So how do you choose? I rent as much as possible. As much as I love Texas, I won't reread my Texas Political History book. I did buy my freshmen biology book and I don't regret that choice at all. I referred to that text in upper division biology class and while I prepped for my MCAT. 

Ask if older editions are acceptable. 

The basic foundations of biology will not change from the 7th to the 8th editions, but there might be a few extra chapters included. Normally my professors have been gracious by including page numbers from a few editions. If you don't see that on the syllabus, just email your professor. If there aren't any major changes, buy the older book to save some money. 

Shop around first. 

Bargain hunting should be your number one tool for textbook shopping. Your school's bookstore can be a great resource and sometimes they will be the only one that carries a specific textbook, but they are normally the most expensive option. Amazon Prime treats college students well and my favorite place to buy books would be Better World Books! They collect and sell books online to donate books and money to literacy initiatives worldwide! BWB also have free shipping which brings me to ...

Shipping is the enemy. 

If you are buying books online and they are not coming from the same seller, watch the price. I have made the mistake of spending way too much for shipping because I wasn't paying attention. Be vigilant!

What is your best money saving tip for textbook shopping? 

Psst! This post contains affiliate links. Which means if you click and sign up or make a purchase, I receive a few rewards. We all have to pay for college, right?  

Sunday Favorites.

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* cue Lionel Richie circa 1970s *

I've always loved Sunday. Church, brunch, family - I love it all. So in honor of Sunday, here are a few of my favorite things:

Favorite Color: Blue, it complements gold very well
Favorite Drink: Orange, no pulp
Favorite Food: Three way tie between breakfast tacos, supreme pizza and sweet potato fries
Favorite Place: A comfy couch + pillows 
Favorite Book of the Bible: Esther (veggie tales version was wonderful too)
Favorite Celebrity: Jesse Williams, I even wrote a post dedicated to him!
Favorite Book: A Thousand Splendid Suns by Khaled Hosseini
Favorite Hobby: Browsing blogs + running 
Favorite Board Game: Don't play board games but I am the queen of Egyptian Ratscrew
Favorite Movie: Pride and Prejudice 
Favorite Time of Day: Sunrise
Favorite Flower: I like saying Stargazing Lilies but I really mean sunflowers  
Favorite Ice Cream: Cookies and Cream but I'm a huge fan of Lick's chocolate + olive oil + sea salt
Favorite Sports Team: Dallas Mavericks circa 2011
Favorite Starbucks Order: Y'all, I shouldn't be spending so much money on this S'mores frapp 
Favorite Song: I'm going through a indie gospel phase, so Rend Collective's Build Your Kingdom Here

What are your favorite things?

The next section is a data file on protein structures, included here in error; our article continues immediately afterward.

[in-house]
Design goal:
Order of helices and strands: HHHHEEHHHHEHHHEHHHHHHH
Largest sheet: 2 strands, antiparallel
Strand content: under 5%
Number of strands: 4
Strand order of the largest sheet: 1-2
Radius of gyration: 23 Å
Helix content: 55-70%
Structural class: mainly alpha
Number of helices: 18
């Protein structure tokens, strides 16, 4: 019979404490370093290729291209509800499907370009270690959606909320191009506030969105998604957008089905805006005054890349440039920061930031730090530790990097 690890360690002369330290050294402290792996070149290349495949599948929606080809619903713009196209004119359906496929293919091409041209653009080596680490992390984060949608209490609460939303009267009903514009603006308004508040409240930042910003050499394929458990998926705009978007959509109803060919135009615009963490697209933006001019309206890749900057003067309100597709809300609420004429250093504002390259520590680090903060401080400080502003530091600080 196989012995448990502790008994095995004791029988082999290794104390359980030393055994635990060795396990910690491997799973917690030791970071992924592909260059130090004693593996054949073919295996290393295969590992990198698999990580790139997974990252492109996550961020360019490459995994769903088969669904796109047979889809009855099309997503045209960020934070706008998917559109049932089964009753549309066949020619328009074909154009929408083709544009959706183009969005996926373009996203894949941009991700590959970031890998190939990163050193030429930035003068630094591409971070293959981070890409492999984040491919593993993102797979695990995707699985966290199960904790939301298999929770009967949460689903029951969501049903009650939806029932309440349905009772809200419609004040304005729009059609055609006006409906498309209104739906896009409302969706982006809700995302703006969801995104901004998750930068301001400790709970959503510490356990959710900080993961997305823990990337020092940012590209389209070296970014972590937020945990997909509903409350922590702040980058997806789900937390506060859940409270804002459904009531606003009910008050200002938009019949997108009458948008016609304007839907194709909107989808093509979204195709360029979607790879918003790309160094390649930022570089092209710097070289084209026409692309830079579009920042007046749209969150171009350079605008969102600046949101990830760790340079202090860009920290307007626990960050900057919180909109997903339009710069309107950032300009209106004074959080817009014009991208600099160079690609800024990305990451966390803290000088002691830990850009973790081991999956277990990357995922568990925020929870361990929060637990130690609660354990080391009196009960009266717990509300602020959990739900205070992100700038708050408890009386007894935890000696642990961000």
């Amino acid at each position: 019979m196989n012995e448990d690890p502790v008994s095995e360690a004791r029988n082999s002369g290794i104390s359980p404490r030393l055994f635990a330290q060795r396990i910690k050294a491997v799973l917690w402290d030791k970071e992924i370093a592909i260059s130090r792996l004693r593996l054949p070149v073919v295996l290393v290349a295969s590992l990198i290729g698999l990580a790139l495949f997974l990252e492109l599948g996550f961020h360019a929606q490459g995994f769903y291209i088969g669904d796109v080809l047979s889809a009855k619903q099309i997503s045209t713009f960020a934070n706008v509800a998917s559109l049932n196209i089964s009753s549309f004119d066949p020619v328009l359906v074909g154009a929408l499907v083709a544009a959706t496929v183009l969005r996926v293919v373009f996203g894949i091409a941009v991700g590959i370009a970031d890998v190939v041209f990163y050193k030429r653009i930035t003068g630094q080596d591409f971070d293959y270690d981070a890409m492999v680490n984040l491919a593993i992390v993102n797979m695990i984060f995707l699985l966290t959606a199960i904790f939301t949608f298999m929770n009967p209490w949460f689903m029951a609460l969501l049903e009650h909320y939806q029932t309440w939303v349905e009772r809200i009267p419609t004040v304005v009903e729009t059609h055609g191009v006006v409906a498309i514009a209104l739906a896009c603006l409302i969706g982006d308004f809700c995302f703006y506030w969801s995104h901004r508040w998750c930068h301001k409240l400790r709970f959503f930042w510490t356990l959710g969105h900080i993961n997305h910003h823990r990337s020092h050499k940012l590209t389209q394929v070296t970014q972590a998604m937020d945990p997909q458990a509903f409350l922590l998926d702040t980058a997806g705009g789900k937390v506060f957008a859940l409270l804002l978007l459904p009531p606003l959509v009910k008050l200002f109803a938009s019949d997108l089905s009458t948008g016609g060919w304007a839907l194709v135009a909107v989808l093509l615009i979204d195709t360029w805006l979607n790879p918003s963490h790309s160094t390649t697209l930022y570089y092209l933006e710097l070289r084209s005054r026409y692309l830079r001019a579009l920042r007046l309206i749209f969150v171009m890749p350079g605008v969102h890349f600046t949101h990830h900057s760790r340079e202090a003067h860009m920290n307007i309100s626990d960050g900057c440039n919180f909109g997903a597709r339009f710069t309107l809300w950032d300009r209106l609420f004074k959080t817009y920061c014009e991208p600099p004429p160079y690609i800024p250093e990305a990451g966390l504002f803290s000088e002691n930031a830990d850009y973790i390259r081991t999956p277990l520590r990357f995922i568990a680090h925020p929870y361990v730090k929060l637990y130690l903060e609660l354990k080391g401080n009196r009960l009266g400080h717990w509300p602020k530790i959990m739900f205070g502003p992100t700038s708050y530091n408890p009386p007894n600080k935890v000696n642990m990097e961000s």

College Bound: A Mini Series

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Wahoo! August is around the corner folks and that means my third favorite season (behind Christmas and Easter - duh) is back to school! Judge me if you please, but I love shopping for new supplies and I ordered my first daily planner. This is an exciting season filled to the brim with new opportunities and College Bound is designed to help you make the absolute most of your first days on campus. 

College Bound is a mini series created with freshmen in mind. I'll cover my shopping list, semester essentials and best practices. This series will consist of 4 - 5 posts leading up to the first day of school. 

But before we jump in, I want to hear from y'all! What questions do you have about college? Wondering about the life of a pre med in college? Want to know where to get the best deals on books? Worried about managing extra curricular activities and classwork?

Leave a comment below, send me a tweet using #CGCollegeBound, or drop a message in my contact form. I look forward to answering your questions throughout the series!

Gold Mine | June 2015

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More gold has been mined from the thoughts of men [and women] than has been taken from the earth
— Napoleon Hill

If you followed my old blog, you'll remember that I had sizable amount of blog series. I've paired them down to my favorites and I'm happy to reintroduce gold mine - a space where I can publicly share a few memories, stories, and quotes with you!

Lived.

+ This month was all about revisiting my 21st birthday wishes. One of my goals is to be more active. It took me a bit longer that I would have liked, but I'm finally on a regular workout schedule. I try to mix it up (hiking the greenbelt, kickboxing, squat challenges) but I want to start and finish a challenge in July. To make up for the calories lost, I've been eating well too! I've tried El Chile, North by Northwest and Threadgills - all Christle approved. 

+ I spent a weekend in San Antonio for a primary care summit and I can't stop talking about the experience. I've met the most caring and dedicated physicians / nurses / social workers / administrators who are setting the bar for medical practices across the nation.